The eurozone has been having a difficult time recently and the situation in Cyprus demonstrates just how bad it has become. If you have a customer in the eurozone paying you in euros, you will already be at the mercy of fluctuations to the exchange value of the euro.

But Nick Mallett warns that things could get worse. What will happen, for example, if the country requires a rescue by the European Central Bank – such as with Cyprus. Or, if that country imposes capital controls limiting the amount of cash that can be withdrawn, or exchange controls limiting the freedom to exchange euros for other currencies? In the worst case, your customer’s country might exit the eurozone and revert to its former currency and this currency will be weaker and the remaining euro currency may become stronger without the weaker country.

Where would this leave you? We recommend you analyse your risks now. Would an exit or eurozone break-up be a default under the contract, or would it be a “material adverse change” or a “force majeure” event? Would the contract become illegal to perform or would it be “frustrated” as a matter of law? Would capital or exchange controls be detrimental to your business?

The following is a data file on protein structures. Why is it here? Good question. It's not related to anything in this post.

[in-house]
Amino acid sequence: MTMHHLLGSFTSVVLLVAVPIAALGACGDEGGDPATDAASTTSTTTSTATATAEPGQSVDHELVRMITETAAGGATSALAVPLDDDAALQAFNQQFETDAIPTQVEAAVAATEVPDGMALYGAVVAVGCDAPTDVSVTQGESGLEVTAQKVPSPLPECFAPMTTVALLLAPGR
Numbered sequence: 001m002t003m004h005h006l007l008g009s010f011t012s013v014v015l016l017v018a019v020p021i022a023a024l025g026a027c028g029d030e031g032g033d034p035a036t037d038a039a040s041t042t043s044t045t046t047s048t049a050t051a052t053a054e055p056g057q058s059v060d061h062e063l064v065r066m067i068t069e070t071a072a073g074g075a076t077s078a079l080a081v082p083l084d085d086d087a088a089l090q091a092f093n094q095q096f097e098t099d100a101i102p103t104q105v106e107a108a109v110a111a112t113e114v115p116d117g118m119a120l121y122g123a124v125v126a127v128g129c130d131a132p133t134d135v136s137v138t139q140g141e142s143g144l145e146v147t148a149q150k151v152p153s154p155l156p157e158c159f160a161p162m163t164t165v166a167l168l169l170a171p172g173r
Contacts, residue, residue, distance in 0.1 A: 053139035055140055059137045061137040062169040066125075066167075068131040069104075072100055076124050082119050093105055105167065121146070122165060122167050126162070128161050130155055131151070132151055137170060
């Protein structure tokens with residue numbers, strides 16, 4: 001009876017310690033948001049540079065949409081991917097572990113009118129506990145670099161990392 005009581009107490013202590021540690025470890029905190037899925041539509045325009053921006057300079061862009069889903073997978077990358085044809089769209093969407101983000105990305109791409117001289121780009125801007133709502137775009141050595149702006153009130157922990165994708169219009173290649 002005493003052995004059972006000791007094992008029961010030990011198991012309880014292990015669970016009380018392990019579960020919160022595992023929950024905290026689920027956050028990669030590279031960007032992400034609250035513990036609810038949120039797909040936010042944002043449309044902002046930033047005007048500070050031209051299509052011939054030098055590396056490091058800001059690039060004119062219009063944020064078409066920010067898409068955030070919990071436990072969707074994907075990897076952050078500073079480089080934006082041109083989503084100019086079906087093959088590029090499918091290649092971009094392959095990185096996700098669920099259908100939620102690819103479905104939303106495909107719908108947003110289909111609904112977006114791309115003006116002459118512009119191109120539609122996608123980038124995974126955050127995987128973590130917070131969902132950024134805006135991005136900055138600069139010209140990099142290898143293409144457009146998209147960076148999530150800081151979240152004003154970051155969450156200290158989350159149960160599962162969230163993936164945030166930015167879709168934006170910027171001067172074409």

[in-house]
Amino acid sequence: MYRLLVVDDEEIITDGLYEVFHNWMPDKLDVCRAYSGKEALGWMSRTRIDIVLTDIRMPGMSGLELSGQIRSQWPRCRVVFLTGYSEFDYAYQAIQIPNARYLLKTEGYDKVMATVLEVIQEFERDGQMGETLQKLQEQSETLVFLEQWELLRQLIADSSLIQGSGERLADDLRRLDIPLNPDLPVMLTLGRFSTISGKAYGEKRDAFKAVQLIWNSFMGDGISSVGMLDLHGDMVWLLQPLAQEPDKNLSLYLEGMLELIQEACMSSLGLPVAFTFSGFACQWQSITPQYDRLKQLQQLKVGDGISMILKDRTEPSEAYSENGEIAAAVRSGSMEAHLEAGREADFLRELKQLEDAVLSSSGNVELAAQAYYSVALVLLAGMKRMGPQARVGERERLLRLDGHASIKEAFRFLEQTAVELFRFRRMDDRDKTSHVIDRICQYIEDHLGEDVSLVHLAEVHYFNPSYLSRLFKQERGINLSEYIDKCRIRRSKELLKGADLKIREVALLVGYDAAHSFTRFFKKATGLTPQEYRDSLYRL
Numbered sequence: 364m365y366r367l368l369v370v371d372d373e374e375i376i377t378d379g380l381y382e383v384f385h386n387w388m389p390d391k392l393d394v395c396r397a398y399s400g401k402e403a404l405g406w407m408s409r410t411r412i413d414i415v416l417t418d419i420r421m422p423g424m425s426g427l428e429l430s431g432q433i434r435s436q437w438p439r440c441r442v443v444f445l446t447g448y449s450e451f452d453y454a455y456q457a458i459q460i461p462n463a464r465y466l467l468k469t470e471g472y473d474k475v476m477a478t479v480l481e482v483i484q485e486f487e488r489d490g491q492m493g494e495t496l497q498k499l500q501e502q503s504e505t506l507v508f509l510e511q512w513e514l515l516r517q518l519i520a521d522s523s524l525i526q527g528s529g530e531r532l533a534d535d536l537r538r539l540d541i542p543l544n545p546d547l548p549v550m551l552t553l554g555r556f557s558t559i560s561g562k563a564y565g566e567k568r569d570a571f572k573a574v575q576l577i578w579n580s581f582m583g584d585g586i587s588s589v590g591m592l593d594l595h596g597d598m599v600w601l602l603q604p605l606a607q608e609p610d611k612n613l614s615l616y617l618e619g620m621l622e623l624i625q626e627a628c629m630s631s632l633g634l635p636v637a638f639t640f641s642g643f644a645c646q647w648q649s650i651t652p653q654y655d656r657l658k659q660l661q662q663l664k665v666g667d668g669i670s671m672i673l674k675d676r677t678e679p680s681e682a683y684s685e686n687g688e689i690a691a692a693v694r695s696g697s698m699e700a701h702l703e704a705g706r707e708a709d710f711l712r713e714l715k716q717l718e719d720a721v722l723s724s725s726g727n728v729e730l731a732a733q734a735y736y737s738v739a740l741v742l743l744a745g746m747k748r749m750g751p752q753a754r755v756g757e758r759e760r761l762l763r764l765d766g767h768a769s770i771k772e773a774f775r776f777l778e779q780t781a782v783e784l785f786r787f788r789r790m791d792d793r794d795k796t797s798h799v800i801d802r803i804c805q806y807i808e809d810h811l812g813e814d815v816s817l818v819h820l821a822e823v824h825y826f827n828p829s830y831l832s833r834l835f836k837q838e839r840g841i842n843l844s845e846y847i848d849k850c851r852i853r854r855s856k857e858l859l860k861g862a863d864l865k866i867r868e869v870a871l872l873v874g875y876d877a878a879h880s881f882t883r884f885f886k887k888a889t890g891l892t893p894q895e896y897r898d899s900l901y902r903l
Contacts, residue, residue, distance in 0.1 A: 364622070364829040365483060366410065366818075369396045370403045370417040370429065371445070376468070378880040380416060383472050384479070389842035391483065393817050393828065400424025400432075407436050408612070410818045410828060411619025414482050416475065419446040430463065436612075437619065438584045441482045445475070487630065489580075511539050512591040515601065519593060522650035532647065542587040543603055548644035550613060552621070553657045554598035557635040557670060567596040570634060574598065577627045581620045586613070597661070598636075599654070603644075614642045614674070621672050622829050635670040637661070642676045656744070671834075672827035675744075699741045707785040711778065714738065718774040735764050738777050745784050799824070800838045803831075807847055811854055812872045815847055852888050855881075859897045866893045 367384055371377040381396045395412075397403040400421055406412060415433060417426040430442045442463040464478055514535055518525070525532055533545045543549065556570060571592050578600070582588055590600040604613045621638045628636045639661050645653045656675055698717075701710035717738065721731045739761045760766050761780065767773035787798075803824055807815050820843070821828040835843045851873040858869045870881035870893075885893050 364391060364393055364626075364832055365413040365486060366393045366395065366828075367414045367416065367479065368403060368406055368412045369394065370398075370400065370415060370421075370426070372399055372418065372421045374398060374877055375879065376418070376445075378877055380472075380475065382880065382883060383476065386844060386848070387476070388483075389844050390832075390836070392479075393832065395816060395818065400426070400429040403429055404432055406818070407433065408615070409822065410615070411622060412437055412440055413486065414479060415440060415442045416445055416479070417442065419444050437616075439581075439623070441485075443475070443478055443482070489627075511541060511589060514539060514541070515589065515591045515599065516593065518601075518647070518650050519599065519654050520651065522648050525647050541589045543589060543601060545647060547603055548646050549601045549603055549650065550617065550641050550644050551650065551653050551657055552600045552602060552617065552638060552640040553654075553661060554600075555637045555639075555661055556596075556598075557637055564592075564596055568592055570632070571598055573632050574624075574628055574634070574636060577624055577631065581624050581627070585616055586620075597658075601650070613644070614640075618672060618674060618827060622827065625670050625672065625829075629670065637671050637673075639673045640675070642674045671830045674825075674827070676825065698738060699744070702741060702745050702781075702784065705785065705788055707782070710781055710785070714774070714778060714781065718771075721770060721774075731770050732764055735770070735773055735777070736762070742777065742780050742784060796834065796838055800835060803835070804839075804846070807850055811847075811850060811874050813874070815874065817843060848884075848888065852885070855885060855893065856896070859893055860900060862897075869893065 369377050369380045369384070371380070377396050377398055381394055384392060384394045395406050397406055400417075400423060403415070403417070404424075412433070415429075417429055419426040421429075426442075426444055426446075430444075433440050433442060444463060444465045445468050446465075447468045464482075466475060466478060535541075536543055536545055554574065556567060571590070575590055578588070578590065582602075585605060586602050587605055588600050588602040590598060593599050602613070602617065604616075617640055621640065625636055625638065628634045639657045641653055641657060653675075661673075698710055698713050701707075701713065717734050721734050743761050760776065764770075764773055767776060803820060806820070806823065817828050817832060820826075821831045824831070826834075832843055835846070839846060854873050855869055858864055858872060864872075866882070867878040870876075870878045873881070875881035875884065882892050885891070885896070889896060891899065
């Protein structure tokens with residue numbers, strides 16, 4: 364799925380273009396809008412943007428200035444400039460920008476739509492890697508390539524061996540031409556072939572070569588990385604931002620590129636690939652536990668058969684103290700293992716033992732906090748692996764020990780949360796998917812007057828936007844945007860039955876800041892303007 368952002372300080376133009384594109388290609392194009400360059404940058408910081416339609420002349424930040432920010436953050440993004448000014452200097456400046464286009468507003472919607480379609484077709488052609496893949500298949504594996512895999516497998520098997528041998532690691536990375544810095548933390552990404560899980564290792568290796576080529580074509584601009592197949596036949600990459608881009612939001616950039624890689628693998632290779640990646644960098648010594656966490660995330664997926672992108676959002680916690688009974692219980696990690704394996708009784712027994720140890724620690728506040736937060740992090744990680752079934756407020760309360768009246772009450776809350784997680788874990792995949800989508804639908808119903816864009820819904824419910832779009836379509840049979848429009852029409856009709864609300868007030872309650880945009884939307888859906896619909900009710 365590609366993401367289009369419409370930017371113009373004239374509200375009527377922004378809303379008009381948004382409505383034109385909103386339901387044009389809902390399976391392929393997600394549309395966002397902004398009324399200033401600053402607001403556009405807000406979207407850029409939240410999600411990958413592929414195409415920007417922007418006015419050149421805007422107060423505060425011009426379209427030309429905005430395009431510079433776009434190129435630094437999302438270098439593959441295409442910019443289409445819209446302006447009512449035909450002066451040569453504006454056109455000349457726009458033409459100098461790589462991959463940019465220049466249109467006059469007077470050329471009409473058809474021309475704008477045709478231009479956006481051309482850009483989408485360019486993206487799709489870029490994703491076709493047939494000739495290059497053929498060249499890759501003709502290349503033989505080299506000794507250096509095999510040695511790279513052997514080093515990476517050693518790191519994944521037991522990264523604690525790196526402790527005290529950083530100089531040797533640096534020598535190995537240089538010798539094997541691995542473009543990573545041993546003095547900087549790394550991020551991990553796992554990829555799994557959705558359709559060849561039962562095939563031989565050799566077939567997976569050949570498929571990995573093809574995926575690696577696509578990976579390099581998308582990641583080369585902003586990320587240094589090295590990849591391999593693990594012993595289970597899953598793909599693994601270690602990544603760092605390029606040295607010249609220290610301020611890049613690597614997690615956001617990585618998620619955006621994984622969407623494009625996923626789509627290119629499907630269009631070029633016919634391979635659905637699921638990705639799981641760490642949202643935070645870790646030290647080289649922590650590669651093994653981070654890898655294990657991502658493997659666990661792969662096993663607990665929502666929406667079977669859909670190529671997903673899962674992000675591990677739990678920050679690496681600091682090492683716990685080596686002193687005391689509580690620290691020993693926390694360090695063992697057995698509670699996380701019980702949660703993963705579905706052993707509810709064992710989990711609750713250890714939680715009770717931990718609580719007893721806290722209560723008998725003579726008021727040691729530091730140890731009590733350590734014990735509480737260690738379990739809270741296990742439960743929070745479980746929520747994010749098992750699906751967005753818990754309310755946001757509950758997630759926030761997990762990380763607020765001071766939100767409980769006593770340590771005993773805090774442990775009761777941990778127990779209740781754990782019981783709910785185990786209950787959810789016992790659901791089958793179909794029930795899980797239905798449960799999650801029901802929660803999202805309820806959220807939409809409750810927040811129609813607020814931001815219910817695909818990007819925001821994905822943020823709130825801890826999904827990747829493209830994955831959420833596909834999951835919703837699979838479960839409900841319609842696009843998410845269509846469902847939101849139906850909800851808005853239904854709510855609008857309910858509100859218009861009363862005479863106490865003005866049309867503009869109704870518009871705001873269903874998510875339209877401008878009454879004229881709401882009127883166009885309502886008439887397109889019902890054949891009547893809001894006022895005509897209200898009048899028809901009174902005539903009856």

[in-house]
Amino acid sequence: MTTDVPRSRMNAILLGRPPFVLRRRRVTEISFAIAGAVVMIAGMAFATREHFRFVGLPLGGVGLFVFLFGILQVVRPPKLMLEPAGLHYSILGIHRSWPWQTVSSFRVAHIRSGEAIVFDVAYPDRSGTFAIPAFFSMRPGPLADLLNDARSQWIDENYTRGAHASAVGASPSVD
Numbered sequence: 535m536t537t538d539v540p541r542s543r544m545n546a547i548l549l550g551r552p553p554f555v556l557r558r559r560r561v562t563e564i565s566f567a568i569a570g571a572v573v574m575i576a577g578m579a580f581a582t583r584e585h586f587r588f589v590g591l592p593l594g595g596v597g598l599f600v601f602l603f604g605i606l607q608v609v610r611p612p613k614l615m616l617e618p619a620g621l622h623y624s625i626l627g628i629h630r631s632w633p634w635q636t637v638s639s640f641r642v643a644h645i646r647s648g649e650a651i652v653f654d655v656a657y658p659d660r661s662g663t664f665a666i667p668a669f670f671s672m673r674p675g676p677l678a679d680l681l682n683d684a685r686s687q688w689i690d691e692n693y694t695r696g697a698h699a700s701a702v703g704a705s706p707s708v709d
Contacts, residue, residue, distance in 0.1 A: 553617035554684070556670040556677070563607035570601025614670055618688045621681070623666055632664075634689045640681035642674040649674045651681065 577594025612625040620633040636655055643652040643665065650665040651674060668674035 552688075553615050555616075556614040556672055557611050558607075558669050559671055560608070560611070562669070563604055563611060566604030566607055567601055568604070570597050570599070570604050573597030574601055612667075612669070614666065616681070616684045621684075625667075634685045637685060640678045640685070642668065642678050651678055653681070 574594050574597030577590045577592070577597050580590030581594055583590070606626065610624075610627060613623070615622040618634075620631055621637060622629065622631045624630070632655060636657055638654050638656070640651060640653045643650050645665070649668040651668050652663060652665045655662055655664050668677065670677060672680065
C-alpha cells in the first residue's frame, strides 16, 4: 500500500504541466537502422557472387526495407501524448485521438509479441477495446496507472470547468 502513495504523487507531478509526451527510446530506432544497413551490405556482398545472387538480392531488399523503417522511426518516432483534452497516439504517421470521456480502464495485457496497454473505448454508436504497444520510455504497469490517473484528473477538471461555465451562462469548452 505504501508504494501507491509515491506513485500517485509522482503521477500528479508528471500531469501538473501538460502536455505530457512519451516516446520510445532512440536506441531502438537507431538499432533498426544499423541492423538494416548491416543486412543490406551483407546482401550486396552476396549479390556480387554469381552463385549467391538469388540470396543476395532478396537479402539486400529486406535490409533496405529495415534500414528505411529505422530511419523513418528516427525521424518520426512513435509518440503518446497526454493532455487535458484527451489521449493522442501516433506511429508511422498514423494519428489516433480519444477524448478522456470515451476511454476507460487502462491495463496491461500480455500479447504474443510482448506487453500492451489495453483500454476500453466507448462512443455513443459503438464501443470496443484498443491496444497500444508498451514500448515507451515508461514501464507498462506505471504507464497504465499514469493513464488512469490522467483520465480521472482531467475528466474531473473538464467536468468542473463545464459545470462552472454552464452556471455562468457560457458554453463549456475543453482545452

Until quite recently, nobody voiced in public the possibility that a member state might exit the eurozone. There is no provision for it in the legislation. There are now at least six countries said to be at risk out of the 17 member countries – Cyprus, Estonia, Greece, Ireland, Italy, Malta, Portugal and Spain – so the risk is real. The potential consequences for your business, even though outside the eurozone, are significant.

Back in 1997, when the euro was introduced, it was clear that contracts with obligations expressed in the currency of a eurozone country had to be changed so as to take effect in euros. The more sophisticated businesses set about amending contracts. EU member states – including the UK – introduced legislation to sweep up the rest. It is likely that a country exiting the eurozone will introduce its own legislation to deal with the exit, including the redenomination of currency obligations from euro to its own new currency. Maybe the UK will legislate for this too. Rather than wait to see what the legislation will say and take your chances on how this will affect your business, we recommend you take action now.

Key ways to reduce your euro risks

If you haven’t expressly covered euro risks in your contracts, overcoming the problems won’t be straightforward. There are some relatively simple steps you can take to reduce your risks. We recommend you add these terms to new contracts. You might also be wise to renegotiate these into your current contracts:

  1. Where possible, ensure the law and courts governing your contracts aren’t that of an “at risk” eurozone country. In fact, choose a non-eurozone jurisdiction, such as the UK, or New York
  2. Take care that if a contract has payments in euros, that “euro” is defined as the EMU currency so that it can’t be interpreted as the currency of a particular eurozone country.
  3. Place of payment should be outside the eurozone
  4. “Payment business day” definition should be outside the eurozone country, bearing in mind the long “bank holiday” just endured by Cyprus
  5. Include other clauses specifically to cover what will happen in the event of an exit by the customer’s country or a break-up of the eurozone.